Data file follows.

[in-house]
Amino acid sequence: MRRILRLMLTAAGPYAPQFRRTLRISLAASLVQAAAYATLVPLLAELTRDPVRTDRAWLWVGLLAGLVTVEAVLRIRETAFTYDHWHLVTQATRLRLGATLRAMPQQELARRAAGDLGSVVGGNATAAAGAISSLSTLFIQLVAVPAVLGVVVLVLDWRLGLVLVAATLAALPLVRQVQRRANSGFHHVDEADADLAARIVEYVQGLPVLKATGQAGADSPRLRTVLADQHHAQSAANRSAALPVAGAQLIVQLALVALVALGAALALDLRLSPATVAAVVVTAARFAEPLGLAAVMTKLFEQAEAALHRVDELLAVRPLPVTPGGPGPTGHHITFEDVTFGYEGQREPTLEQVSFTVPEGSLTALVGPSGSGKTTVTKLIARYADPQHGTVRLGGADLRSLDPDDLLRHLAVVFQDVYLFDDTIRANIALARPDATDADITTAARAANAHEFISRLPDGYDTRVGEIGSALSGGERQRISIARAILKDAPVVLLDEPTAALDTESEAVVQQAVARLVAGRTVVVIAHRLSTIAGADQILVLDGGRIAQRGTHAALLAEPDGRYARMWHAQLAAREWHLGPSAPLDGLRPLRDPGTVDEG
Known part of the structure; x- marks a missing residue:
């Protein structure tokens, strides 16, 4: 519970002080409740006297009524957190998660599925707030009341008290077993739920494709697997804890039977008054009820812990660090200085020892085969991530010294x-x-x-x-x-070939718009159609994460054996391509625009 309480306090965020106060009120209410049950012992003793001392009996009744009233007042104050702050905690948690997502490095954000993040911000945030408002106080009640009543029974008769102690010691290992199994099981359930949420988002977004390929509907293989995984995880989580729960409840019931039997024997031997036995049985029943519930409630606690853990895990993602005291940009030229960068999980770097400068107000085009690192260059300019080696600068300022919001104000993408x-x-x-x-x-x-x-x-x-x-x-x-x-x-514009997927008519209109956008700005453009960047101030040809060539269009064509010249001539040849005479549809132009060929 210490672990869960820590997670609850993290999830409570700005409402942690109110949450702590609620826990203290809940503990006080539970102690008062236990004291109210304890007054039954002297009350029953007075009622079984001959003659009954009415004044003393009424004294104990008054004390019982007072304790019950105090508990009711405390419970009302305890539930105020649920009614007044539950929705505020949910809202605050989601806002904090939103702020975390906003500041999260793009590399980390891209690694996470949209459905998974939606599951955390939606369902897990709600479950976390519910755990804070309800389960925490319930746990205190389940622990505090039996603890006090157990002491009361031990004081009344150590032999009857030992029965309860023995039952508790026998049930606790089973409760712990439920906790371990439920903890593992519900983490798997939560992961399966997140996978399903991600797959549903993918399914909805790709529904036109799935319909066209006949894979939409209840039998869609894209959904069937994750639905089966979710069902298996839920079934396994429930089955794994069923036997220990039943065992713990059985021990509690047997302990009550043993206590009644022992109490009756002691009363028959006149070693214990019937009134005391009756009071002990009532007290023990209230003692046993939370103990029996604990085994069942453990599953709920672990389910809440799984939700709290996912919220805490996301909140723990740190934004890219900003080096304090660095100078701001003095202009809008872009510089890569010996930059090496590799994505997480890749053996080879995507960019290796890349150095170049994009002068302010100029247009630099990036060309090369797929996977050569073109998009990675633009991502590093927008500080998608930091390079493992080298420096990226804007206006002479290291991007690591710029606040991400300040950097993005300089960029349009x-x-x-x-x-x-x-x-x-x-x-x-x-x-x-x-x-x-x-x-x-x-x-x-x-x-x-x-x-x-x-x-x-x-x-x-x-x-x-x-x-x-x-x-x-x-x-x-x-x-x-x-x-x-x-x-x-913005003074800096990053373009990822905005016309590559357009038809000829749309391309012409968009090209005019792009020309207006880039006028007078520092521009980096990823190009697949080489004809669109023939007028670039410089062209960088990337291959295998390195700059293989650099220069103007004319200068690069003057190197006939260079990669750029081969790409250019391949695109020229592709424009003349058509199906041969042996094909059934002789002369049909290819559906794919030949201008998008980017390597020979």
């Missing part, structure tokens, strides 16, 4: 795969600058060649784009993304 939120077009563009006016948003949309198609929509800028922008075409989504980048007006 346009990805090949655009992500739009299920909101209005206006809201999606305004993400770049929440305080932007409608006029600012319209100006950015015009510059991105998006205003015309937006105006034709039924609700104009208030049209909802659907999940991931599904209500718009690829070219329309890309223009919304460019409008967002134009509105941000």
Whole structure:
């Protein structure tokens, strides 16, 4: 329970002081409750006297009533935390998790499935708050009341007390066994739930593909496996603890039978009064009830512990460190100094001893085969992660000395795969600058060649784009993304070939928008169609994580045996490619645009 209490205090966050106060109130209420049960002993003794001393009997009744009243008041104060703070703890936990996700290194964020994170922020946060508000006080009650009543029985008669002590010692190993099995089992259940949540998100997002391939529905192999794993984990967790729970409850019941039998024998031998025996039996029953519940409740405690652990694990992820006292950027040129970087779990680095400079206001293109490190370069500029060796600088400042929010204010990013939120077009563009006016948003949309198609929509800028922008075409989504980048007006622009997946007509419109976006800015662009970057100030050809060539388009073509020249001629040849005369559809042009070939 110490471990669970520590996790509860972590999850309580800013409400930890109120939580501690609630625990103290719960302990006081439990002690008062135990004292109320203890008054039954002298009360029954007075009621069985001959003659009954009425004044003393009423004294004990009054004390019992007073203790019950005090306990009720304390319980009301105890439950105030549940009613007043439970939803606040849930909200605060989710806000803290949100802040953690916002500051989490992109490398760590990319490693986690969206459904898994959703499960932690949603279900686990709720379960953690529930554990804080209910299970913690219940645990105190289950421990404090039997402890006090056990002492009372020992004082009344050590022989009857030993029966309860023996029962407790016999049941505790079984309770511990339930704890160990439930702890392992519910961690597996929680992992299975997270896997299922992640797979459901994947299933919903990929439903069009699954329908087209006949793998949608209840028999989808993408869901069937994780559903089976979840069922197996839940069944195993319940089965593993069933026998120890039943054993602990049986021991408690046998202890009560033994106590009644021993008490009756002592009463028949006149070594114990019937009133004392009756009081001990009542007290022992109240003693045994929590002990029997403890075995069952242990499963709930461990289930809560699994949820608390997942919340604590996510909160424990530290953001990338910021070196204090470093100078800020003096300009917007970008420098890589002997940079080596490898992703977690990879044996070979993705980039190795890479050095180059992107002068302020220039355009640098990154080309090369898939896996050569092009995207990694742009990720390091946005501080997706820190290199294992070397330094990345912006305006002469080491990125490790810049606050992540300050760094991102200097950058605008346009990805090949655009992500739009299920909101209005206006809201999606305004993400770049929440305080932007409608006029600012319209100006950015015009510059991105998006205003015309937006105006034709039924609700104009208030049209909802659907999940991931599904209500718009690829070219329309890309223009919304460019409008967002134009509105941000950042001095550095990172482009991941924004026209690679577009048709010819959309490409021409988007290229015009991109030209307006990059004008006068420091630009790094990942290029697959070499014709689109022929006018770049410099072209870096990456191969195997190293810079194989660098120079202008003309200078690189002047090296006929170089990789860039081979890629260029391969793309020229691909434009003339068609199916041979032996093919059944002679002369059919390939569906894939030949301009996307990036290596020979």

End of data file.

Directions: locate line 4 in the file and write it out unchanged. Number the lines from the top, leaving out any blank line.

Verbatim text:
């Protein structure tokens, strides 16, 4: 519970002080409740006297009524957190998660599925707030009341008290077993739920494709697997804890039977008054009820812990660090200085020892085969991530010294x-x-x-x-x-070939718009159609994460054996391509625009 309480306090965020106060009120209410049950012992003793001392009996009744009233007042104050702050905690948690997502490095954000993040911000945030408002106080009640009543029974008769102690010691290992199994099981359930949420988002977004390929509907293989995984995880989580729960409840019931039997024997031997036995049985029943519930409630606690853990895990993602005291940009030229960068999980770097400068107000085009690192260059300019080696600068300022919001104000993408x-x-x-x-x-x-x-x-x-x-x-x-x-x-514009997927008519209109956008700005453009960047101030040809060539269009064509010249001539040849005479549809132009060929 210490672990869960820590997670609850993290999830409570700005409402942690109110949450702590609620826990203290809940503990006080539970102690008062236990004291109210304890007054039954002297009350029953007075009622079984001959003659009954009415004044003393009424004294104990008054004390019982007072304790019950105090508990009711405390419970009302305890539930105020649920009614007044539950929705505020949910809202605050989601806002904090939103702020975390906003500041999260793009590399980390891209690694996470949209459905998974939606599951955390939606369902897990709600479950976390519910755990804070309800389960925490319930746990205190389940622990505090039996603890006090157990002491009361031990004081009344150590032999009857030992029965309860023995039952508790026998049930606790089973409760712990439920906790371990439920903890593992519900983490798997939560992961399966997140996978399903991600797959549903993918399914909805790709529904036109799935319909066209006949894979939409209840039998869609894209959904069937994750639905089966979710069902298996839920079934396994429930089955794994069923036997220990039943065992713990059985021990509690047997302990009550043993206590009644022992109490009756002691009363028959006149070693214990019937009134005391009756009071002990009532007290023990209230003692046993939370103990029996604990085994069942453990599953709920672990389910809440799984939700709290996912919220805490996301909140723990740190934004890219900003080096304090660095100078701001003095202009809008872009510089890569010996930059090496590799994505997480890749053996080879995507960019290796890349150095170049994009002068302010100029247009630099990036060309090369797929996977050569073109998009990675633009991502590093927008500080998608930091390079493992080298420096990226804007206006002479290291991007690591710029606040991400300040950097993005300089960029349009x-x-x-x-x-x-x-x-x-x-x-x-x-x-x-x-x-x-x-x-x-x-x-x-x-x-x-x-x-x-x-x-x-x-x-x-x-x-x-x-x-x-x-x-x-x-x-x-x-x-x-x-x-x-x-x-x-913005003074800096990053373009990822905005016309590559357009038809000829749309391309012409968009090209005019792009020309207006880039006028007078520092521009980096990823190009697949080489004809669109023939007028670039410089062209960088990337291959295998390195700059293989650099220069103007004319200068690069003057190197006939260079990669750029081969790409250019391949695109020229592709424009003349058509199906041969042996094909059934002789002369049909290819559906794919030949201008998008980017390597020979």